A black hole is basically a part of space where the force of the gravitational pull is so powerful that literally nothing, even light can escape from it. The boundary of the black hole is known as the ‘event horizon’. According to the general relativity it has no locally detectable features.
As the black hole reflects no light, it acts like an ideal black body in many ways. Black holes are invisible. They aren’t visible with the naked eye because it reflects no light. The first-ever black hole was called Cygnus X-1.
Once the black hole is formed, it just doesn’t stop growing. It continues to grow by absorbing mass from its surroundings. And gradually, they might become SuperMassive Black Holes made up of billions of solar masses! It is said that many SuperMassive Black Holes exist in the center of many galaxies. These black holes have masses that are more than 1 million suns together! Now, that’s a huge number.
Even if a black hole the same mass as the sun were to take the place of the sun, Earth still would not fall in. The black hole would have the same gravity as the sun. Earth and the other planets would orbit the black hole as they orbit the sun now. Don’t worry, that bright star is never ever going to turn into a black hole. It is not even big enough to create a black hole.
A black hole would stretch an astronaut’s body into a thin ribbon since the gravity pulling on their feet is so much stronger than on their head. Black holes are freezing cold on the inside, but incredibly hot just outside. The internal temperature of a black hole with the mass of our Sun is around one-millionth of a degree above absolute zero.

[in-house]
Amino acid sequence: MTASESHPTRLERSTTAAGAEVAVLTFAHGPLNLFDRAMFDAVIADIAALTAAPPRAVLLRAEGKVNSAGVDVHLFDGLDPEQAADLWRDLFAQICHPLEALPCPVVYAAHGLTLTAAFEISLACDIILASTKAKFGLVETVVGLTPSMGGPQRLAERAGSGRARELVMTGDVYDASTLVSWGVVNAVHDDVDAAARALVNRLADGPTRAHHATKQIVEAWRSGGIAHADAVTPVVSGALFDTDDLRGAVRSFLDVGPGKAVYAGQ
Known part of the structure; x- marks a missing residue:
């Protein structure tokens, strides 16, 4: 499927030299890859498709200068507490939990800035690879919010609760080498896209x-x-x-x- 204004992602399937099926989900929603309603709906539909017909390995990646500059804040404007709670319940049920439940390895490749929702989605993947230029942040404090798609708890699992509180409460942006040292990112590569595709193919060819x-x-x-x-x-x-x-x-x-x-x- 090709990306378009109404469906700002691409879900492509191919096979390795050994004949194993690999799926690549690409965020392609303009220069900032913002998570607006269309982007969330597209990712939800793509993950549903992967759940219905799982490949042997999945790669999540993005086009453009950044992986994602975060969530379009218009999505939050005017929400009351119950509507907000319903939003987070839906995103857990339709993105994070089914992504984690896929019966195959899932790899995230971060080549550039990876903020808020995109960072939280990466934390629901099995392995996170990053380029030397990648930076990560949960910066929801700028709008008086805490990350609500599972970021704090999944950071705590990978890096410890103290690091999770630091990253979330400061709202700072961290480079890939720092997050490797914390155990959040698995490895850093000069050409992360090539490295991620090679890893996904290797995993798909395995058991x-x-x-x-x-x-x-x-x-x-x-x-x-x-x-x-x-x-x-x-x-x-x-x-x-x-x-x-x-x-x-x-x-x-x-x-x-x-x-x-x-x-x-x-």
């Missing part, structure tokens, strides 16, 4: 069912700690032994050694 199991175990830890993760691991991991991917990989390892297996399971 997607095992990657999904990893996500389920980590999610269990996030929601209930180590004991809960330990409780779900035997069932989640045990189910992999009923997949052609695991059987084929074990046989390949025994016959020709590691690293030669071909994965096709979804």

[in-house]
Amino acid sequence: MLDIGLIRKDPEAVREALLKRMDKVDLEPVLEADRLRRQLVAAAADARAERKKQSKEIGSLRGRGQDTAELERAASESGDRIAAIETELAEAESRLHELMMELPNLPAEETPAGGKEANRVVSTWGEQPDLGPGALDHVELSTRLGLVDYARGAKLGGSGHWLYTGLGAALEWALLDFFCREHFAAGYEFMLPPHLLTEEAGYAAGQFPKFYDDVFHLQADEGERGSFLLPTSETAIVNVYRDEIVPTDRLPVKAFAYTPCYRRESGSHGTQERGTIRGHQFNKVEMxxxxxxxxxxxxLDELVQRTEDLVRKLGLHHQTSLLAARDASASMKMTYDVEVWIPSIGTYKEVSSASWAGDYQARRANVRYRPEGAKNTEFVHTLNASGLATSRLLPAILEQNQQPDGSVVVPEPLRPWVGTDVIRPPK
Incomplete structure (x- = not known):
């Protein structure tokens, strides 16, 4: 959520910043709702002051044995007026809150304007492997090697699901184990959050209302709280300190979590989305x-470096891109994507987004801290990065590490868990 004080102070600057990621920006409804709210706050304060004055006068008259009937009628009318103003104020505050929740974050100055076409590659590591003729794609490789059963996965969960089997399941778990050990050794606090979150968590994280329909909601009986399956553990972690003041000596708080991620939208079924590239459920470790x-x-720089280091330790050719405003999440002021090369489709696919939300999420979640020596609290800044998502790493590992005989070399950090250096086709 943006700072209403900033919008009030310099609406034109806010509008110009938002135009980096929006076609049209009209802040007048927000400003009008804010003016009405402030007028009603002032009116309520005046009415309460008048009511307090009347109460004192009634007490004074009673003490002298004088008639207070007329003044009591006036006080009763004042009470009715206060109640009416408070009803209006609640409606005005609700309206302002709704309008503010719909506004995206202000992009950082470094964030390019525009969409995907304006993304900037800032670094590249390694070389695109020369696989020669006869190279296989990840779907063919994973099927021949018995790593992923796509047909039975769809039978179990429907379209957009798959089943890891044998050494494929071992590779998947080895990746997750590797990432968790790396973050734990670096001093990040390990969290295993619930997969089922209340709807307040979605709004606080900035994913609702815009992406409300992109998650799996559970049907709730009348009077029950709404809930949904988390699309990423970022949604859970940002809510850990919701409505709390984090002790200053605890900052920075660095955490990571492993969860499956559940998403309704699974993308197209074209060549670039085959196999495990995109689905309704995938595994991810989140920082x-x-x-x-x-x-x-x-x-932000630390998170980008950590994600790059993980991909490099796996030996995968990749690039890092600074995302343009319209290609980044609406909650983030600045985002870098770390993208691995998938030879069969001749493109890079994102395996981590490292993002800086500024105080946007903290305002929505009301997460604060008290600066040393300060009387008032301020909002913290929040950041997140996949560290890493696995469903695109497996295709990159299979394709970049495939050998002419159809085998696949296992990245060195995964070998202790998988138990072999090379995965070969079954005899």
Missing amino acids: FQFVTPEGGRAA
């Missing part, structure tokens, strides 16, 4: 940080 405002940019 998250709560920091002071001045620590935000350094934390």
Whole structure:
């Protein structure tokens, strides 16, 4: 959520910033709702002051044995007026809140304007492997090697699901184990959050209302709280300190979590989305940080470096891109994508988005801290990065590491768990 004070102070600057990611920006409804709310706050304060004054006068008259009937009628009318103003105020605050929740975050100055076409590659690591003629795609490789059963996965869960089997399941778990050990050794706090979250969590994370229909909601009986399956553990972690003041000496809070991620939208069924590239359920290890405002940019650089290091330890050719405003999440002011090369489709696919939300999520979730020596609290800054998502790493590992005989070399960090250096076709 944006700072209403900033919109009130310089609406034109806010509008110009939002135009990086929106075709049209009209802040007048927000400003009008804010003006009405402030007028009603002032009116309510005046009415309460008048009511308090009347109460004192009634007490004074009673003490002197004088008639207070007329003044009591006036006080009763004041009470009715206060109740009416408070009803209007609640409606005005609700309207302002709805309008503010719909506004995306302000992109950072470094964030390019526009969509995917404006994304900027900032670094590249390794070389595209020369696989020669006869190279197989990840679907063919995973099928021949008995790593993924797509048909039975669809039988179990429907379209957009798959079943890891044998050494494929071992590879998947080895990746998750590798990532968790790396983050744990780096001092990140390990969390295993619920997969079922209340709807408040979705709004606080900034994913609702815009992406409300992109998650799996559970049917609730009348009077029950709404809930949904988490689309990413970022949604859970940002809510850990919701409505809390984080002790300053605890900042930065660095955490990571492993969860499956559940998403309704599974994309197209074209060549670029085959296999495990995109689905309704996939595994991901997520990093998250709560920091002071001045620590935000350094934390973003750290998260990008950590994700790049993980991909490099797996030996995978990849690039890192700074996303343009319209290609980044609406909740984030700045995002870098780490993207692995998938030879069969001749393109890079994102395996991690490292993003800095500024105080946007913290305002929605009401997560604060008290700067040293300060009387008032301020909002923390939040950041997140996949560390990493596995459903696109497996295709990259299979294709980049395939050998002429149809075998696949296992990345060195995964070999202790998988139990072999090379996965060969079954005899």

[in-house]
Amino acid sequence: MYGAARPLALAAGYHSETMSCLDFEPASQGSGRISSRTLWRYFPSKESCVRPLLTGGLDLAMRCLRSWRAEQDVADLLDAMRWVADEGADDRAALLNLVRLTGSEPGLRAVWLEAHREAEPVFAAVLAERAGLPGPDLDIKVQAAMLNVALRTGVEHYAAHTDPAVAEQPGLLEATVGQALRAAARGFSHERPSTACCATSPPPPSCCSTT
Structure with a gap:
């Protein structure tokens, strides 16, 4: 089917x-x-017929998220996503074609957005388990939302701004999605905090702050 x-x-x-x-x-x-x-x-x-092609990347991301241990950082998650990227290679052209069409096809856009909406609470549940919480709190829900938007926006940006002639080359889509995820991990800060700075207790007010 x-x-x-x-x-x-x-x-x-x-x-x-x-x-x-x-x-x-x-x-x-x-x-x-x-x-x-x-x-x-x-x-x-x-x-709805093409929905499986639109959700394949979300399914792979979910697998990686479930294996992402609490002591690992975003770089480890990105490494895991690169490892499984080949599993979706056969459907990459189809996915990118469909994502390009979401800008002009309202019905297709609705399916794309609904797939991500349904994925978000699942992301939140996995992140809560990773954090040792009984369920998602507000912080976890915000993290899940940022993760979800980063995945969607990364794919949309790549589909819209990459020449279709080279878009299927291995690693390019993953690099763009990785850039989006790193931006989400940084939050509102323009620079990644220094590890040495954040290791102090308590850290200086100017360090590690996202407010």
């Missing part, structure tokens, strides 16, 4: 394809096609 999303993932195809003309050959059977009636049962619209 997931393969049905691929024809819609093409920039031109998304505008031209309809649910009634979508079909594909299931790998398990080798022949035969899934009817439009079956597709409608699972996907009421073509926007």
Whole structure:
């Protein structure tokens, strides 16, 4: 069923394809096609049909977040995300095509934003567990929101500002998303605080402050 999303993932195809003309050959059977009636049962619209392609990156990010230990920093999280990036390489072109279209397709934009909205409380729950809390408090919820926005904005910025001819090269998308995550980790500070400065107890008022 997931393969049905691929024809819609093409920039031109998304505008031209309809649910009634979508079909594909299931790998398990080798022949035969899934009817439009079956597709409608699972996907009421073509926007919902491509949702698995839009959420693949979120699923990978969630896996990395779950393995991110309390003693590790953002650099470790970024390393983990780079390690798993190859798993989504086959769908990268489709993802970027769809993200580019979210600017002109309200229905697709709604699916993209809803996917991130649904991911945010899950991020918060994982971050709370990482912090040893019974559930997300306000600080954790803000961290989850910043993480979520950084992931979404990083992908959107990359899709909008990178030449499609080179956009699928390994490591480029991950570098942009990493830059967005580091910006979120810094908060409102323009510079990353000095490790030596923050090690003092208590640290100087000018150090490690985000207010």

The presence of a black hole can be inferred through its interaction with other matter and with electromagnetic radiation such as visible light. A matter that falls onto a black hole can form an external accretion disk heated by friction, forming quasars, some of the brightest objects in the universe. Stars passing too close to a supermassive black hole can be shred into streamers that shine very brightly before being “swallowed.” If other stars are orbiting a black hole, their orbits can be used to determine the black hole’s mass and location. Such observations can be used to exclude possible alternatives such as neutron stars. In this way, astronomers have identified numerous stellar black hole candidates in binary systems and established that the radio source known as Sagittarius A*, at the core of the Milky Way galaxy, contains a supermassive black hole of about 4.3 million solar masses. When an object falls into a black hole, any information about the shape of the object or distribution of charge on it is evenly distributed along the horizon of the black hole and is lost to outside observers. The behavior of the horizon in this situation is a dissipative system that is closely analogous to that of a conductive stretchy membrane with friction and electrical resistance—the membrane paradigm. This is different from other field theories such as electromagnetism, which do not have any friction or resistivity at the microscopic level, because they are time-reversible. Because a black hole eventually achieves a stable state with only three parameters, there is no way to avoid losing information about the initial conditions: the gravitational and electric fields of a black hole give very little information about what went in.
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